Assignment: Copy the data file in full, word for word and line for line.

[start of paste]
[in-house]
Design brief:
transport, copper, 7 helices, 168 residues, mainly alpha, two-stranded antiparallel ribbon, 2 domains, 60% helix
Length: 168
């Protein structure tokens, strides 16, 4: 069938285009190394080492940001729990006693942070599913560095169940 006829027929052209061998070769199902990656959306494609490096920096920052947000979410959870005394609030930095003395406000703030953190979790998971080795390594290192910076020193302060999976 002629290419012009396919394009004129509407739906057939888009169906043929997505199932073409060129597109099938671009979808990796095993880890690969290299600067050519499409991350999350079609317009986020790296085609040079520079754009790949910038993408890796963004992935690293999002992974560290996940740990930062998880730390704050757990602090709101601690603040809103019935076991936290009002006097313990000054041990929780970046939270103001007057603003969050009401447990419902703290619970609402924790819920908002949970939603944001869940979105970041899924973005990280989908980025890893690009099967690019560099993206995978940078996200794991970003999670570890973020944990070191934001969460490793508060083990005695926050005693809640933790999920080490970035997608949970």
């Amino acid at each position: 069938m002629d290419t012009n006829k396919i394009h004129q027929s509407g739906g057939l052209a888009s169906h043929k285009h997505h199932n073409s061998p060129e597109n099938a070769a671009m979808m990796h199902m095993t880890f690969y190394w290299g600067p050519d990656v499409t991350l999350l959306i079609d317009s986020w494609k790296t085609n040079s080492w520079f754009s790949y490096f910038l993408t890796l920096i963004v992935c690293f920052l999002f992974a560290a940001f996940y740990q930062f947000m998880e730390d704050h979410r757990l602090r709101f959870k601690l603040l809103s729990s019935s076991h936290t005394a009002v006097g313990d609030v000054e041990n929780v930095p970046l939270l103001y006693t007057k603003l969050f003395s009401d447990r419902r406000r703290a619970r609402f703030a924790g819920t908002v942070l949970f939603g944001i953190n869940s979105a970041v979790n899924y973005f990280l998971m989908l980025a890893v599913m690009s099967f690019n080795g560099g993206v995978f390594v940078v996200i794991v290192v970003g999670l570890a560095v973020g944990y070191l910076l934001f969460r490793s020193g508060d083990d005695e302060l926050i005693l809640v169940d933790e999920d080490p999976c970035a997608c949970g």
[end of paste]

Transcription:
[in-house]
Design brief:
transport, copper, 7 helices, 168 residues, mainly alpha, two-stranded antiparallel ribbon, 2 domains, 60% helix
Length: 168
């Protein structure tokens, strides 16, 4: 069938285009190394080492940001729990006693942070599913560095169940 006829027929052209061998070769199902990656959306494609490096920096920052947000979410959870005394609030930095003395406000703030953190979790998971080795390594290192910076020193302060999976 002629290419012009396919394009004129509407739906057939888009169906043929997505199932073409060129597109099938671009979808990796095993880890690969290299600067050519499409991350999350079609317009986020790296085609040079520079754009790949910038993408890796963004992935690293999002992974560290996940740990930062998880730390704050757990602090709101601690603040809103019935076991936290009002006097313990000054041990929780970046939270103001007057603003969050009401447990419902703290619970609402924790819920908002949970939603944001869940979105970041899924973005990280989908980025890893690009099967690019560099993206995978940078996200794991970003999670570890973020944990070191934001969460490793508060083990005695926050005693809640933790999920080490970035997608949970």
């Amino acid at each position: 069938m002629d290419t012009n006829k396919i394009h004129q027929s509407g739906g057939l052209a888009s169906h043929k285009h997505h199932n073409s061998p060129e597109n099938a070769a671009m979808m990796h199902m095993t880890f690969y190394w290299g600067p050519d990656v499409t991350l999350l959306i079609d317009s986020w494609k790296t085609n040079s080492w520079f754009s790949y490096f910038l993408t890796l920096i963004v992935c690293f920052l999002f992974a560290a940001f996940y740990q930062f947000m998880e730390d704050h979410r757990l602090r709101f959870k601690l603040l809103s729990s019935s076991h936290t005394a009002v006097g313990d609030v000054e041990n929780v930095p970046l939270l103001y006693t007057k603003l969050f003395s009401d447990r419902r406000r703290a619970r609402f703030a924790g819920t908002v942070l949970f939603g944001i953190n869940s979105a970041v979790n899924y973005f990280l998971m989908l980025a890893v599913m690009s099967f690019n080795g560099g993206v995978f390594v940078v996200i794991v290192v970003g999670l570890a560095v973020g944990y070191l910076l934001f969460r490793s020193g508060d083990d005695e302060l926050i005693l809640v169940d933790e999920d080490p999976c970035a997608c949970g």